On his new album Miracle In The Night, the veteran Toronto singer/songwriter reunites with his band the South Seas, which includes the late Justin Haynes
JOHN SOUTHWORTH & THE SOUTH SEAS at Imperial Pub (54 Dundas East), Saturday (May 4), 10 pm. $10.
“There are ancient societies that value the dreaming world on an equal level as the waking world,” says local singer/songwriter John Southworth. “I’ve always had one foot in the dream world.”
Dreams are quick to come up on the phone with Southworth while he talks about his latest record, Miracle In The Night (out May 3 on Tin Angel). Over the course of 12 albums, Southworth’s songs have always shown an affinity for escaping what he calls “the brute obviousness of our world,” but this one in particular feels heavy with an otherworldly quality.
The arrangements are spare and intimate, stripped to acoustic necessities of voice, piano, guitar, bass and drums. Opening song Adopt A Highway begins the album with a waltzing pump organ, as if to lull the listener into a sleepy realm of melodic reveries. There’s also a pastoral element to songs like The Luddite, Halfway Up The Mountain and Just Before Dawn, where the shade of the night opens up and conjures boundless landscapes of idyllic, bucolic life.
After a glam pop departure on Southworth’s 2016 album, Small Town Water Tower, he calls the new album “a spiritual return to home.” He’s back with his band, the South Seas, and his longtime producer and collaborator, Jean Martin, who he’s played with on and off since 2000’s Banff Springs Transylvania.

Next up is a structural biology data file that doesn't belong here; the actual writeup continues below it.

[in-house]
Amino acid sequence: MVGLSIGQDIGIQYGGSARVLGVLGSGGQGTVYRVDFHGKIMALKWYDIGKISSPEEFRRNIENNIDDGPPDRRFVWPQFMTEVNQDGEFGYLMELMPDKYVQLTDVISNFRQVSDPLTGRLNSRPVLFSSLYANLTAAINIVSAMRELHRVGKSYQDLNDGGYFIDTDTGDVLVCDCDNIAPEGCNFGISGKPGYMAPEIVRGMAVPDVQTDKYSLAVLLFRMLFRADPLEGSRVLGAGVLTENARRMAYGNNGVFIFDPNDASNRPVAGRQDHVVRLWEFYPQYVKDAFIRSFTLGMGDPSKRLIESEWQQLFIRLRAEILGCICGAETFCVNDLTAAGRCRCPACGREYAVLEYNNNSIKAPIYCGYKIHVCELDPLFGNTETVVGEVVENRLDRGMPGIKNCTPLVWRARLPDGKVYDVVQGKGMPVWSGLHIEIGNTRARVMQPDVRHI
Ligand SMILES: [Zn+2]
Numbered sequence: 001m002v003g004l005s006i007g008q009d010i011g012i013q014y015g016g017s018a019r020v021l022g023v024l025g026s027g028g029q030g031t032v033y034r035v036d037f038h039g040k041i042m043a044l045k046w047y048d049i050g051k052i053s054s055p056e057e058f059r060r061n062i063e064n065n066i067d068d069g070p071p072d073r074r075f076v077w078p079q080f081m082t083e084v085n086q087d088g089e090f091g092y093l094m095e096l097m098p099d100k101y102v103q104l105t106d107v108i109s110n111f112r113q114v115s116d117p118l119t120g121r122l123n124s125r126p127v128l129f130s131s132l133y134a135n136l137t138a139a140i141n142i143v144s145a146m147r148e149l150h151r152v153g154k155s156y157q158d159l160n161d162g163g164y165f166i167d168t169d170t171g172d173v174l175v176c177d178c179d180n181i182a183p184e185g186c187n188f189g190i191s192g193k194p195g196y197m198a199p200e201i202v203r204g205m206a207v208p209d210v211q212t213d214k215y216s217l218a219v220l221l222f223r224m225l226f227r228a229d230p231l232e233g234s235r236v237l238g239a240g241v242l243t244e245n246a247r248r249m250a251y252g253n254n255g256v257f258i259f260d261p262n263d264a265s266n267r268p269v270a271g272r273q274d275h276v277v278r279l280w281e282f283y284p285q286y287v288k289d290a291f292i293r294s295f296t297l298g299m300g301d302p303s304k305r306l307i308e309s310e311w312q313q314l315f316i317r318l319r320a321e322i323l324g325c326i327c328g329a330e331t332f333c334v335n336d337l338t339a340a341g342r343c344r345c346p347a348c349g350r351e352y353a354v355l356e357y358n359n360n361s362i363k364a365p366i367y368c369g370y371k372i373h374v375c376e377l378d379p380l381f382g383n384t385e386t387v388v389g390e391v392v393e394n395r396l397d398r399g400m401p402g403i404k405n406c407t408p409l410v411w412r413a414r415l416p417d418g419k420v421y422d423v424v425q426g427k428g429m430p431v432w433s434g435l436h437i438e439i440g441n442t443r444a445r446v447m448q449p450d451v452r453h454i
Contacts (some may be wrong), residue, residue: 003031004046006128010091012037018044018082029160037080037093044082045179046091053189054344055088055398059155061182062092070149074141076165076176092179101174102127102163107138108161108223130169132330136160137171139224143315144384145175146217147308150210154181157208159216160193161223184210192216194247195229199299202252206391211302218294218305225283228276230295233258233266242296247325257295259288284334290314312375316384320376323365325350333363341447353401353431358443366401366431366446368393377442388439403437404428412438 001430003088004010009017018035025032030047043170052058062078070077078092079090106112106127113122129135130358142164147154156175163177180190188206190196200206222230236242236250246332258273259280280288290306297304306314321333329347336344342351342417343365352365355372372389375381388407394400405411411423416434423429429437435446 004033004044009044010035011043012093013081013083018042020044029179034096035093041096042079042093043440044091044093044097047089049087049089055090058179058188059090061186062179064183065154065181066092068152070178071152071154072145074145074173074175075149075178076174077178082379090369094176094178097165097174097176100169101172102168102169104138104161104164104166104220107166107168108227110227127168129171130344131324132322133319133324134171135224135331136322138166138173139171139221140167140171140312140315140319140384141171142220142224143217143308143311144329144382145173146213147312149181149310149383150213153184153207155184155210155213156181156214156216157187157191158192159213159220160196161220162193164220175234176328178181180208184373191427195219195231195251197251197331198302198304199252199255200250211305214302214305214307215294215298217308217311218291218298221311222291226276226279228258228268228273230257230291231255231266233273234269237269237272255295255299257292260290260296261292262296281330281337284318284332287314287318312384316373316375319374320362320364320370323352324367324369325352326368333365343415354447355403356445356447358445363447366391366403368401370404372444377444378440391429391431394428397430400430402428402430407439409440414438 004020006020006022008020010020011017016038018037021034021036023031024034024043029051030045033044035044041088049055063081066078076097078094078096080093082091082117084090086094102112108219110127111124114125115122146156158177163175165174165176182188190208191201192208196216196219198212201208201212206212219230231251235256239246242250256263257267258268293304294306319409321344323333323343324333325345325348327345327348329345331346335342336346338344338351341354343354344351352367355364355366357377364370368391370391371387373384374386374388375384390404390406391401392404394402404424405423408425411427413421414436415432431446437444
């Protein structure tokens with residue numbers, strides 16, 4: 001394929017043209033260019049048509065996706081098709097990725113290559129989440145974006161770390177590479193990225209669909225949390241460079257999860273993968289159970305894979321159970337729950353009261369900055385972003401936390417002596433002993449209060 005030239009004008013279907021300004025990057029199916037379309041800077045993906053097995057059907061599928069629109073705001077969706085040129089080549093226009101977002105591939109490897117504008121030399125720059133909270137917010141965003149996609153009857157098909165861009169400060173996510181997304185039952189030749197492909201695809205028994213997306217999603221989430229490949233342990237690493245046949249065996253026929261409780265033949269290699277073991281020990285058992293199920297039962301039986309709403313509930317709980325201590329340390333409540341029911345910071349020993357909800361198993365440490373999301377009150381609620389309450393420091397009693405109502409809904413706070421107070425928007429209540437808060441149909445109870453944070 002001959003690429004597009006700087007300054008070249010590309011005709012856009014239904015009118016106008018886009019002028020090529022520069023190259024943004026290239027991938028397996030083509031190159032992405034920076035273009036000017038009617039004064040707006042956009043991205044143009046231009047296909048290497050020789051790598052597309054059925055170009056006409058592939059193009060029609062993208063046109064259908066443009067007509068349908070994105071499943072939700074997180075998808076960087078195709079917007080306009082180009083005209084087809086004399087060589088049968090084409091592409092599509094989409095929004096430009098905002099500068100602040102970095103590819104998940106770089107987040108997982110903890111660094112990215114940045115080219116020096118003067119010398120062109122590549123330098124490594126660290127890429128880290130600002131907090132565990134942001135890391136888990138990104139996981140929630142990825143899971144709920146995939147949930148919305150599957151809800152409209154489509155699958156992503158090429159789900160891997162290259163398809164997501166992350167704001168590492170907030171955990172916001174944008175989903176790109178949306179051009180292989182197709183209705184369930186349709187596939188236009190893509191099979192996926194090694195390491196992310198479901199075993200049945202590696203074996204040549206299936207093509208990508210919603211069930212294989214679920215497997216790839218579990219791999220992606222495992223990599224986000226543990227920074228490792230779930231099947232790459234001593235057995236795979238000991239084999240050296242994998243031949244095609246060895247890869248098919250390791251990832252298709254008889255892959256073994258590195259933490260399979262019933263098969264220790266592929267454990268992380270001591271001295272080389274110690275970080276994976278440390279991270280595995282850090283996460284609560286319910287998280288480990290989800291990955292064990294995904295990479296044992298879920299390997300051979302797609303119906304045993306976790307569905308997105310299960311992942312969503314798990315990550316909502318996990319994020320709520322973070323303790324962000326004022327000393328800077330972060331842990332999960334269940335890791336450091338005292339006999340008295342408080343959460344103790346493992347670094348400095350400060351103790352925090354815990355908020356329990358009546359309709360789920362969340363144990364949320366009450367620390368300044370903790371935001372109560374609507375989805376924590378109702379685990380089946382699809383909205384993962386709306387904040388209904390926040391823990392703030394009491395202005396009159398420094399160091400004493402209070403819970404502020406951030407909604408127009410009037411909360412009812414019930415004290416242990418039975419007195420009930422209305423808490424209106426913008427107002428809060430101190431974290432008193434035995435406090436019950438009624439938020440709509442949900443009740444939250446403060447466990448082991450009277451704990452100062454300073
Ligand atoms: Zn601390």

Recording with experienced jazz and experimental players like the South Seas, which features Andrew Downing, Craig Harley, Justin Haynes and Martin, means that Southworth arrives in the studio with the songs fully written, and the band learns each song from his charts as they record live.
“These guys who can play anything, played my songs so truly to the song, that I was just so grateful and so in awe that musicians could be so selfless in their capacity to honour the song,” he says about their initial work together. “That’s essentially why we’ve lasted.”
Playing with the band feels like a dream, says Southworth – literally.
“Certainly when I play with the South Seas, it feels like we enter an altogether alternate sphere,” he says. “Whatever a dream is, we don’t really know. It just seems to be a good word to describe the feeling of the music.”
Sadly, guitarist Haynes passed away this past March, making Miracle In The Night his last record with Southworth and the upcoming album release show at the Imperial Pub the band’s first without him. The skillful Christine Bougie will be playing guitar in his stead.
“It’s not something you really prepare for,” Southworth explains. “The musicians in the band are all consumed with this, and in a way, the best thing we can do is to go play some music. And by playing the music we are in touch with Justin.”
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